In Be Happier, Find Your Passion, For Dream Chasers

Growing up, my mom tried to convince me to become a marine biologist. “Just imagine it,” she’d say, “you could live by the ocean and work with dolphins.”

Believe me, I was intrigued. I’ve always been drawn to the ocean and I thought marine life was pretty cool. There was only one problem: I didn’t like science. At all.

My dad once said I’d make a great lawyer. I don’t know if he really meant it or if I’d just worn him down in yet another debate about why he should take me to the mall rather than spending the afternoon together in the park, but it made me wonder if I should consider a career based on my keen knack for arm-twisting.

When people make these kinds of suggestions, it’s hard not to question if they have better insight into who we are than we do. It’s enlightening to hear how others view us and what they perceive as our strengths. But if we’re not careful, those insights can lead us down the wrong path and we can end up becoming who the world wants us to be rather than who we really are.

In retrospect, I know I would’ve been a terrible marine biologist because marine biology doesn’t light my fire the way other things do, like writing. (Not to mention, my husband has imparted upon me an extreme fear of sharks.) And I would’ve been miserable as a lawyer because, as it turns out, I don’t like to argue.

Fortunately, this doesn’t mean my love of the ocean or persuasive skills have to go to waste, I just have to find a way to use them that is true to me…like writing on the beach and then convincing someone to buy my books 🙂

Who does the world want you to be?

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Showing 8 comments
  • Wow, this really hits home for me.

    My dad and a number of aunts and uncles are Engineers. I graduated with a degree in Engineering, probably fairly close to the bottom of my class. However I took a number of courses in Communications, which boosted my GPA and landed me a great job as a consultant for an adhesive company. I really like it a lot.

    Do adhesives really get me excited? No. But the people are great and I love the traveling I get to do.

    Then, very recently I realized that I should actually make a solid effort in trying to publish my manuscript which I had just been writing for fun.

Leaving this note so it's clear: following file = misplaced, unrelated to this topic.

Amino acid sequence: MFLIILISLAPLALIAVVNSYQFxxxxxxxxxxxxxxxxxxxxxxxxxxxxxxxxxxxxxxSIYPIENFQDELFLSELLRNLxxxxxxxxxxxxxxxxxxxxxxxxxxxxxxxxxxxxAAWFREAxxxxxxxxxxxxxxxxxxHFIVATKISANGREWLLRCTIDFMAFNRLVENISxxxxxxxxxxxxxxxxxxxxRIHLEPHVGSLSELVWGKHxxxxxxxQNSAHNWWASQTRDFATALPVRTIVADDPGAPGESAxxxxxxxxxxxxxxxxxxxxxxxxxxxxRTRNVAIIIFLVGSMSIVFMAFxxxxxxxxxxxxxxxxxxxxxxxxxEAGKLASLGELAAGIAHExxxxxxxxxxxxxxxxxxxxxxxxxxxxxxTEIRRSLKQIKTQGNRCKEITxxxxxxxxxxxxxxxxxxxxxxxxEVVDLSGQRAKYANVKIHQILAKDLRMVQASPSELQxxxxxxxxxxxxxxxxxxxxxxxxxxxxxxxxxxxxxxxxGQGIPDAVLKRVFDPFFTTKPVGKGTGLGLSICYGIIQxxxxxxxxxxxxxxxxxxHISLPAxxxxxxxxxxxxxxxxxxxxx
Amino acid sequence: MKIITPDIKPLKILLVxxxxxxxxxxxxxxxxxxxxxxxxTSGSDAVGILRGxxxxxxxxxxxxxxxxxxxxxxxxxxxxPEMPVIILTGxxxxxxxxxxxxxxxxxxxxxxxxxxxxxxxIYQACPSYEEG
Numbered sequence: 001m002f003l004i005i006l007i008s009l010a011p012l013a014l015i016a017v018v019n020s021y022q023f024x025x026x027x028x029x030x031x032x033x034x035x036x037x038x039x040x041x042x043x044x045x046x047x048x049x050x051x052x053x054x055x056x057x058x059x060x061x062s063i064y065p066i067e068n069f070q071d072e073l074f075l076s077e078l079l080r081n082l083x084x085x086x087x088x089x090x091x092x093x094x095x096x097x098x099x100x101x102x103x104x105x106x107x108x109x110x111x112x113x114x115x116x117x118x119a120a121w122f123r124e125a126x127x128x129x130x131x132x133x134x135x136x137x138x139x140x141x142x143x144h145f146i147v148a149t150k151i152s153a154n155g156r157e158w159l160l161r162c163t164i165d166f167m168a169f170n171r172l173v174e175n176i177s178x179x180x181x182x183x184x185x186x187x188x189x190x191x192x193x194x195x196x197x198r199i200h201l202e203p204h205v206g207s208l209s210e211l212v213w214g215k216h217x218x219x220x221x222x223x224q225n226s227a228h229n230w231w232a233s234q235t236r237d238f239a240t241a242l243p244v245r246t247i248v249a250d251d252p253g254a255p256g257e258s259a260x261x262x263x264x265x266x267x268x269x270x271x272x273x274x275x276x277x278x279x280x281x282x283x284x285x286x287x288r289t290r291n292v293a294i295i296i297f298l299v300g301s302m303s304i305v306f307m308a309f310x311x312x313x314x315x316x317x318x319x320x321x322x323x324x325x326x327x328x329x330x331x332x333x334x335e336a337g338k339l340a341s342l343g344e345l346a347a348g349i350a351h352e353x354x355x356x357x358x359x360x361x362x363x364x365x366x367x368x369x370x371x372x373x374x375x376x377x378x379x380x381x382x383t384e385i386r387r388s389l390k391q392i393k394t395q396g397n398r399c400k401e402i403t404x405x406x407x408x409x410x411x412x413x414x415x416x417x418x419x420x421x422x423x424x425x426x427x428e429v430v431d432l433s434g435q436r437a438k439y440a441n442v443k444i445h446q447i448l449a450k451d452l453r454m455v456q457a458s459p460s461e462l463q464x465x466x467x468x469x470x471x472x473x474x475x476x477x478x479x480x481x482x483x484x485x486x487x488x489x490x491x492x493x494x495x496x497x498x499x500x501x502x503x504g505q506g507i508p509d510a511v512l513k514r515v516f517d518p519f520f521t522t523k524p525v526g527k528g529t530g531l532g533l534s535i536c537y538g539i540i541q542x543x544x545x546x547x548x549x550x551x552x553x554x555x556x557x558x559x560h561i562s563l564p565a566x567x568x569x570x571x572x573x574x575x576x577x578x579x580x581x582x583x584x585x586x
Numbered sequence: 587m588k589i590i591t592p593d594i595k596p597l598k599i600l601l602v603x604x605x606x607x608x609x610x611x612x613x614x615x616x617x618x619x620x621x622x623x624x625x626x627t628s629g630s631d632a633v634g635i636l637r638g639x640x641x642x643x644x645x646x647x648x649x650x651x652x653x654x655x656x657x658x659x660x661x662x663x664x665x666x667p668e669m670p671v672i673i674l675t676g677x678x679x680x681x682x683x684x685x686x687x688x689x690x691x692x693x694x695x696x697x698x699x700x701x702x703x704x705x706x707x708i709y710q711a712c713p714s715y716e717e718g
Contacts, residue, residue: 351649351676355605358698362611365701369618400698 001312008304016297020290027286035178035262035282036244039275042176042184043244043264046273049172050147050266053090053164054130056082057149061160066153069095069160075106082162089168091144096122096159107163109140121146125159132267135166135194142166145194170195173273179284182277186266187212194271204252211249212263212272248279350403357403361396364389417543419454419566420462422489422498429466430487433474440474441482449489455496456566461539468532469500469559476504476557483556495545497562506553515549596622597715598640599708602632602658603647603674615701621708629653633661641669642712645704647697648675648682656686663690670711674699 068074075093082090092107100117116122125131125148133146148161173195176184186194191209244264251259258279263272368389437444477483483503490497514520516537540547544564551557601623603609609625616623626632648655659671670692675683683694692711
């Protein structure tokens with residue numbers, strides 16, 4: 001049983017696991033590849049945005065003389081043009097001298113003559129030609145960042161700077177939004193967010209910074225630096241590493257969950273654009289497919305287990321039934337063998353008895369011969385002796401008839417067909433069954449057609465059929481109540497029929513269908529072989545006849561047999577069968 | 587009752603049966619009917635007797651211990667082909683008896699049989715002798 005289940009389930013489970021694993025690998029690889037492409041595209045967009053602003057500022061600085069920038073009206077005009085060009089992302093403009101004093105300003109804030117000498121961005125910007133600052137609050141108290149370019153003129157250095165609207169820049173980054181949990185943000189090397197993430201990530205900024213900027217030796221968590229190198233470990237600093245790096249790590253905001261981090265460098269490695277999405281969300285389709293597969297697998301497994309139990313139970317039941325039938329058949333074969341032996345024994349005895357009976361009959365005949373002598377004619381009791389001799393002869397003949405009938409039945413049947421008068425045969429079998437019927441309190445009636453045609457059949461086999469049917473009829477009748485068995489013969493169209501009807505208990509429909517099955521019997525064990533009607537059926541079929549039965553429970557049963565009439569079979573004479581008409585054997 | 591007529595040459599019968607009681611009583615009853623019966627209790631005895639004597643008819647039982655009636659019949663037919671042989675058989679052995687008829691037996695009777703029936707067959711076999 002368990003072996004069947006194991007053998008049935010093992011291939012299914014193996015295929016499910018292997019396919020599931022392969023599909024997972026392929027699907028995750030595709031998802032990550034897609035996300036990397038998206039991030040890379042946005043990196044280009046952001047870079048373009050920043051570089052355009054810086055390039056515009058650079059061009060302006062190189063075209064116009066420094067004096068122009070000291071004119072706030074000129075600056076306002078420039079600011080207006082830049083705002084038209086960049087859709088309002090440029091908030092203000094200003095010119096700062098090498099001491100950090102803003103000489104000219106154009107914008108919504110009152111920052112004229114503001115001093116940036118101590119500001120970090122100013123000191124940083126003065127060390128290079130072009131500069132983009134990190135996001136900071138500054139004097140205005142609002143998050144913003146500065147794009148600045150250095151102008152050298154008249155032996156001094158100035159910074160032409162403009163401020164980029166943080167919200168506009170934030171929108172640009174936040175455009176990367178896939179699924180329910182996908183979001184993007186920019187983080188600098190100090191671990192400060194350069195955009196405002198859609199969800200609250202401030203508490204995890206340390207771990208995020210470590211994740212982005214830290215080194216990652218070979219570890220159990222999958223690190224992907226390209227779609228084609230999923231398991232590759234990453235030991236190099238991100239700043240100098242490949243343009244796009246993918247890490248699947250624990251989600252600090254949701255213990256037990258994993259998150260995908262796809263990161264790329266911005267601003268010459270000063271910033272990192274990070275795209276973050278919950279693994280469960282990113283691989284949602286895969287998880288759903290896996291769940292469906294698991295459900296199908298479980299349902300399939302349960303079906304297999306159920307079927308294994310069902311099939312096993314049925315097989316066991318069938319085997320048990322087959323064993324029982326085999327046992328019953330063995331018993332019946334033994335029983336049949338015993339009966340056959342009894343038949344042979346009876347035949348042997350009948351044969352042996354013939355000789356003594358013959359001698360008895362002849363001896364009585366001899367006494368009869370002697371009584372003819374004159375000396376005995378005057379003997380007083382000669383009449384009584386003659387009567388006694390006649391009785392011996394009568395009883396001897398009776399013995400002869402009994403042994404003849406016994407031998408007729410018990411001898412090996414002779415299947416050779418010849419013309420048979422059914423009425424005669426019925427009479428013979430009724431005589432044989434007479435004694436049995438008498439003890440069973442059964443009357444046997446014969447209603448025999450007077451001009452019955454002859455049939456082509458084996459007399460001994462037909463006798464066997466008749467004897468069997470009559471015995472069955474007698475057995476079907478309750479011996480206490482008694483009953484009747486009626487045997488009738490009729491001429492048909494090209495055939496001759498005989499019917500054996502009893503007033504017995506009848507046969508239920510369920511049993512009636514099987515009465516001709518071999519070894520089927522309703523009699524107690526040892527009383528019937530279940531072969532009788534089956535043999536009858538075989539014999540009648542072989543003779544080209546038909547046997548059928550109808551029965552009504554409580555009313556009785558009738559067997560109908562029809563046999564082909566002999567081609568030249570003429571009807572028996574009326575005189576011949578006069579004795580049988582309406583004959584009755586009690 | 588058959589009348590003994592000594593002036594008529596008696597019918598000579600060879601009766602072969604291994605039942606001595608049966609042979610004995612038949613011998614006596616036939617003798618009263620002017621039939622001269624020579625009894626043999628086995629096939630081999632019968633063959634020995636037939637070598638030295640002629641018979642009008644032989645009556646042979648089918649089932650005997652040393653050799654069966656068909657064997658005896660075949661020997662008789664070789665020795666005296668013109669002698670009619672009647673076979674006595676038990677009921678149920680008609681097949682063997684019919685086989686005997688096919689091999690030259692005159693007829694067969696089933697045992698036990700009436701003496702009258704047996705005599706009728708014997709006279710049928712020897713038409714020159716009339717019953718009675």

I guess in a way I’ve become both what the world wants me to be (and I’m actually pretty good at it) and I’m also letting myself become what I want to be.

    So maybe we should listen to what the world has in mind for us. Who knows, they might actually have a good idea. But in the end we need to fully listen to ourselves.

    • Erika Liodice

      Hi Kelly!
      You make a great point and it sounds like this approach helped you set up an ideal situation; a day job you love that enables you to chase your publishing dreams.

      Doesn’t get much better than that!


  • Ashley Prince

    I love this! I completely understand this. My family always tells me I’ll be a great psychologist because of how much I talk about psychology. Or they’ll tell me to be lawyer, or an officer in the Air Force.

    But it is so important to be who you want to be.

    • Erika Liodice

      Wow, Ashley, that’s quite a diverse mix of occupations! Maybe you need to look at these interests not as professions but as topics for your writing? That way you can be who you want to be while exploring the things that interest you.


  • PatriciaW

    I think about this as we raise our three sons. Each is gifted in different ways, and as their talents emerge, we try to nurture them and make helpful suggestions. But I also worry that our suggestions might come across as edicts or at least strong recommendations, somehow blocking their ability to see and choose their own options. What they love today may not be what they should pursue tomorrow.

    • Erika Liodice

      I can’t speak for your children, but my parents advice stuck with me for a long time. Some of it was right, some wrong, but what I felt most was their desire for me to do what makes me happy.

      Your children are very lucky to have a mother who is so in tune with their happiness 🙂


  • karenselliott

    I often feel that others push their ideas onto us to make life easier for them, so that we all fit into the right size whole, to be “normal.” Be a “good” wife, be a “good” mother, be a “good” secretary, blah blah blah. Let’s turn it around too – I am cautious when a loved one or friend asks, “What should I do about…..?” I always turn it around (I think this is what the psyche doctors do), “What do you want to do?”

    • Erika Liodice

      Love this! What a great approach. Often we ask others what we should do when we really we know the answer deep down but just need to uncover it.


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